6th grade English, Mrs Dudley’s class. The desks are set up in a double horseshoe, and I’m on one end of the inner row. The class is brainstorming ideas we can write about in our essay/journal notebooks throughout the year. The kid sitting next to me raises his hand over and over, much more than anyone else, spouting out idea after idea. Some are variations of ideas already suggested, some are completely original.
Then, in one of the brief moments when he isn’t raising his hand (and when the teacher isn’t looking), he whispers to me “Do you want a Tic Tac?” He offers me some wintergreen Tic Tacs under the cover of his desk. I hold out my hand, he and dumps several into my palm. I manage to eat them without getting caught, and a few minutes after they are gone, he offers me some more. Meanwhile, he is continuing to raise his hand, and offering suggestion after suggestion on essay topics.
I’m thinking to myself “Who is this guy?”
His name is Robert. When I first met him, he went by Bobby. Now he prefers Bob. Whatever name he wants to be called, he’s been my best friend since that first day in 6th grade English.
We weren’t the type of friends that did absolutely everything together. He had hobbies that I didn’t share, and I had mine. He was into wrestling – WWE style (it was WWF back in those days), Nascar racing, baseball and baseball cards, and many other things.
I had Boy Scouts, hiking and camping, rock climbing, science fiction and fantasy stories, and role-playing games, among others.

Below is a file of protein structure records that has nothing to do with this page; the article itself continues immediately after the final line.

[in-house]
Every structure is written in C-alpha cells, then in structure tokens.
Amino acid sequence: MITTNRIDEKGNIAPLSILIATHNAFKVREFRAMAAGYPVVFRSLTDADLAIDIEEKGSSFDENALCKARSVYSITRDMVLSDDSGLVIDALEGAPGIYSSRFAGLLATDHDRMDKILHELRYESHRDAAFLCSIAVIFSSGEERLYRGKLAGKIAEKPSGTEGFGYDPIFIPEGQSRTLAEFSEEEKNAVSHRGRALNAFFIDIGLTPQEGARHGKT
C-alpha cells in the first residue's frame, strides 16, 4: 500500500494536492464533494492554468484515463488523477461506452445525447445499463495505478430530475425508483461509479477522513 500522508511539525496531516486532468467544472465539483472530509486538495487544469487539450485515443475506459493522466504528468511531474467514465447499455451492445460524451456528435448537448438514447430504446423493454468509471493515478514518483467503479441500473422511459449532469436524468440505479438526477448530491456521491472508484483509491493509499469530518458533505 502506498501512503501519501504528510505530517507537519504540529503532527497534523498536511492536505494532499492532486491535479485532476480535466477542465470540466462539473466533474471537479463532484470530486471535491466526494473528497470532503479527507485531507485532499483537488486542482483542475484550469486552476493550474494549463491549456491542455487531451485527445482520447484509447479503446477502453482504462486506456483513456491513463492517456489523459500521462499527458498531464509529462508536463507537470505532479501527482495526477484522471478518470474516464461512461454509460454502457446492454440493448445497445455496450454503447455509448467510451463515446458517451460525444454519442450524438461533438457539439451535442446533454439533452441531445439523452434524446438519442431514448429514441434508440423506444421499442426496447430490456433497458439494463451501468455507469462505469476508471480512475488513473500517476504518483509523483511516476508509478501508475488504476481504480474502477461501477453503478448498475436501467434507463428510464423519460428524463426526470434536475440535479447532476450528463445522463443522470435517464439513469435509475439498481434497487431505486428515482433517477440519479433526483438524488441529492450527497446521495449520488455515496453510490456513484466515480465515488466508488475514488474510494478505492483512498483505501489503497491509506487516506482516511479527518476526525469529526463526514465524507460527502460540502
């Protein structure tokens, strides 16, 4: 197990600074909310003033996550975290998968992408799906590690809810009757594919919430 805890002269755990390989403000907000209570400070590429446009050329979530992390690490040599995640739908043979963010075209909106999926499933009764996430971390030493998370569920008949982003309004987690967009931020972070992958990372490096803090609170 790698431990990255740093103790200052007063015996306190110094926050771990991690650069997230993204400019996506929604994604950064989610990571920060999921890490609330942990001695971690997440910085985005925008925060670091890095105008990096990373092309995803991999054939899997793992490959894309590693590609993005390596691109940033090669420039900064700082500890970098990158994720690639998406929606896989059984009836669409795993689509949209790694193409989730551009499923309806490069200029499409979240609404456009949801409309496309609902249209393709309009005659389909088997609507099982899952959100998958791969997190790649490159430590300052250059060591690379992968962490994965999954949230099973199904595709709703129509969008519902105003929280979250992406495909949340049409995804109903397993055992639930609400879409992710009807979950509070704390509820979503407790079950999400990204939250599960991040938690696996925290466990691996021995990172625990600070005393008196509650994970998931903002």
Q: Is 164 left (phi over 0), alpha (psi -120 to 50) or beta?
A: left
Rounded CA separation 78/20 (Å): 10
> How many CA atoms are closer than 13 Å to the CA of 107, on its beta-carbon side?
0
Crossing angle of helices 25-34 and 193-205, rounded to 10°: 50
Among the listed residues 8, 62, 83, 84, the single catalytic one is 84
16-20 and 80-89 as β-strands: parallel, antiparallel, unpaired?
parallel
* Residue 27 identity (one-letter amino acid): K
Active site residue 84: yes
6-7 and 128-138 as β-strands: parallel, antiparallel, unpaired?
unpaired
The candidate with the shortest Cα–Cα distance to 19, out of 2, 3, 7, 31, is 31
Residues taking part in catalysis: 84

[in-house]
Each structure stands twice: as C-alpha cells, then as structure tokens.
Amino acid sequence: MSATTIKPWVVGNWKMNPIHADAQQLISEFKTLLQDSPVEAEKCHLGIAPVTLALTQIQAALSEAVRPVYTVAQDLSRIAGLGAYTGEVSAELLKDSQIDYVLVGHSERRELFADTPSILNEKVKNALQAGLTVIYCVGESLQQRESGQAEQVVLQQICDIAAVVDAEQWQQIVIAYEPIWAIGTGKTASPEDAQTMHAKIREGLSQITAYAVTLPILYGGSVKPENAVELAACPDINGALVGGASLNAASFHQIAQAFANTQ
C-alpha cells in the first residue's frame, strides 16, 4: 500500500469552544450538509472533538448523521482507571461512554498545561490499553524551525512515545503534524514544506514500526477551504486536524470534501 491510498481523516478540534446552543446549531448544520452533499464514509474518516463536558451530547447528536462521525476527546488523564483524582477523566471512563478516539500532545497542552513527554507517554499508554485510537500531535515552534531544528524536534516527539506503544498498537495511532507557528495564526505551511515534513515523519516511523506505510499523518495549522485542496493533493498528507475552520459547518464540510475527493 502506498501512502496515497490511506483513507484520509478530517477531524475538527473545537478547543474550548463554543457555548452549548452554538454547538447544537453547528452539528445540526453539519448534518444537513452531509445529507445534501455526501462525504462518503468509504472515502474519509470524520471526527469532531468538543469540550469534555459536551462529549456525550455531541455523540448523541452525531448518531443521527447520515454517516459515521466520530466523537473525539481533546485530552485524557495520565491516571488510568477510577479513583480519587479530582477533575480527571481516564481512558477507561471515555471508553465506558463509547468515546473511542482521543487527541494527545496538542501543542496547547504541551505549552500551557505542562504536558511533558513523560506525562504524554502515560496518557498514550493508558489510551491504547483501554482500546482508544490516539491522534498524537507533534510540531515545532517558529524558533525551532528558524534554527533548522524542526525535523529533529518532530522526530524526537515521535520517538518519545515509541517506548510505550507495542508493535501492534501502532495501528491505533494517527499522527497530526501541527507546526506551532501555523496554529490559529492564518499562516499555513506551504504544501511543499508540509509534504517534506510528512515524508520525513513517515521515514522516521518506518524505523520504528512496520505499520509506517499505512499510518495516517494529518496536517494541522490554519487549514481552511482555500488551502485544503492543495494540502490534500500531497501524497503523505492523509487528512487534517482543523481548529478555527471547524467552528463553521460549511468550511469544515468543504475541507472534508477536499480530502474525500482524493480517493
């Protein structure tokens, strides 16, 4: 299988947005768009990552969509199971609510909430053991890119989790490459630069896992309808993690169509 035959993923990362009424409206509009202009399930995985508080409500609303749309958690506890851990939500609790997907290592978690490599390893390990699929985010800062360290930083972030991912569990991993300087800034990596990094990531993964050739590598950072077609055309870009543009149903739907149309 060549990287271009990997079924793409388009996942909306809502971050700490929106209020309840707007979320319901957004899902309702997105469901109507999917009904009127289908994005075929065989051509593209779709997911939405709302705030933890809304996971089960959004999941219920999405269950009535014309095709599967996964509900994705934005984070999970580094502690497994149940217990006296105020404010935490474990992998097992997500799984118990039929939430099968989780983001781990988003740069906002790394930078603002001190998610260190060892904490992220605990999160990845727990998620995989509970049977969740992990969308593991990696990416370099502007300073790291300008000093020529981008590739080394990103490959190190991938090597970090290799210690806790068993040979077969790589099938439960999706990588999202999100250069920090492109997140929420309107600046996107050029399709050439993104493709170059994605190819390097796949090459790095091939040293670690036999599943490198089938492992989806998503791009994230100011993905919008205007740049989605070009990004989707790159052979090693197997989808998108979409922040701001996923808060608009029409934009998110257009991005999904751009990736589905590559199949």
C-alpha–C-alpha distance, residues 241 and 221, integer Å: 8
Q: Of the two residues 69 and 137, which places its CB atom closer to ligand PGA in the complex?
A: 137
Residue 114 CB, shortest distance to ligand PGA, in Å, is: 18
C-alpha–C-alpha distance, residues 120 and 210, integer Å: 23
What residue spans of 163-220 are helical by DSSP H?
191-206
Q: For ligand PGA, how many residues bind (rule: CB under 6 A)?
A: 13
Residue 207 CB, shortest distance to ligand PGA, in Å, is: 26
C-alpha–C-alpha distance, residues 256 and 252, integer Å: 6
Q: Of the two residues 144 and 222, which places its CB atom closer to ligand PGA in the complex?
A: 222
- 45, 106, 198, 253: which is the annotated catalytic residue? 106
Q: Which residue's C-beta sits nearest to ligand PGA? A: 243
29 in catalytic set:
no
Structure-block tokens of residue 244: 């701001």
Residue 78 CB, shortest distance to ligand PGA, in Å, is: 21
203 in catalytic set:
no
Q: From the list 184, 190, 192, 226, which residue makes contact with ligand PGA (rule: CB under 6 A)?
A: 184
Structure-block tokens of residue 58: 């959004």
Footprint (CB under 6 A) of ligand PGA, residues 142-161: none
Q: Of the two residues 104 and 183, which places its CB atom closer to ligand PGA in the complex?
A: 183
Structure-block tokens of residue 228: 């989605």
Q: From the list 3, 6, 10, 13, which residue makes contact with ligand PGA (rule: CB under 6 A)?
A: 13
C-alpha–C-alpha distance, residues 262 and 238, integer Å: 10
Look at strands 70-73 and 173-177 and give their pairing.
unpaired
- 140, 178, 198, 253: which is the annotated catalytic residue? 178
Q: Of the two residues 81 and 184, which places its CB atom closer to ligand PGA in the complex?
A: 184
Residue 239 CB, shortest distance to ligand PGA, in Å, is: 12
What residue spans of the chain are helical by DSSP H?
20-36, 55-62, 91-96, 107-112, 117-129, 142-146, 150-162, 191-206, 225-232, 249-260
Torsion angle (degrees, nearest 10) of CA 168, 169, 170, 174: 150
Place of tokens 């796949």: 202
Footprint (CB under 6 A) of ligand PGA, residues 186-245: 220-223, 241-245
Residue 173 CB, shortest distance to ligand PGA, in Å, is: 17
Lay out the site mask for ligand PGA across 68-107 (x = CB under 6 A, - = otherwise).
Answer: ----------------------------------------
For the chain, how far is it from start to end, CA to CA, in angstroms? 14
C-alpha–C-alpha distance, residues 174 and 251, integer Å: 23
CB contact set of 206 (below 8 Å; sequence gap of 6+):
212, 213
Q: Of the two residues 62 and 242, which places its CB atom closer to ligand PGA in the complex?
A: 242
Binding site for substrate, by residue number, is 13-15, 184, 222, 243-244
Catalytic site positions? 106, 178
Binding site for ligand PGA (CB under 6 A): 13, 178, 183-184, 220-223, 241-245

We did however, have quite a lot in common. Imagination for one, and a knack for crazy creativity.
We recorded our own “radio show” onto cassette tapes, we composed music on his computer, wrote the most insane stories, filmed crazy skits, and had more than our fair share of inside jokes. And that’s barely scratching the surface.
Now, why do I say Bob is a remarkable person? Just because he’s my friend? I suppose I am a little biased, but no, that’s not the only reason.
Bob is remarkable because he is passionate, especially when it comes to family and friends. He feels deeply toward just about everyone he meets. If he doesn’t like someone, he really doesn’t like them, and usually for good reason. If he likes someone, he will be their friend forever.
Here’s the remarkable thing that I want to point out – if Bob doesn’t like someone, he doesn’t waste time and energy making fun of them, or gossiping about them, or trying to make them change who they are. He will simply avoid them and avoid talking about them. He spends his time and energy with the people he loves, doing the things he likes to do.
Bob is a remarkable person, and just about the entire world could benefit from taking a lesson or two from Bob’s book, particularly not wasting time and energy gossiping or talking bad about people he doesn’t like. Focus on the good things in your life, not the bad.
Imagine what the world would be like if people didn’t gossip, make fun of, or try to destroy people or things they didn’t like, just because those people or things don’t coincide with their view of what the world should be.
I’m not saying we should all become apathetic pacifists, and never try to change anything in the world. I’m saying try to imagine a world without bullying or hate crimes. Imagine a world without racism, sexism, or homophobia. Imagine if people judged by their words and actions, not by what they look like, who their parents were, who they hang out with or date, or how much money they have. Imagine politics that focuses on policy rather than mud-slinging or party line grandstanding.
The world wouldn’t be perfect, but we’d be in a much better position to work together to finally resolve some of those other problems.
Oh, and by the way, neither of us have grown out of our crazy creativity. We are still collaborating together on various projects, in various stages of completion.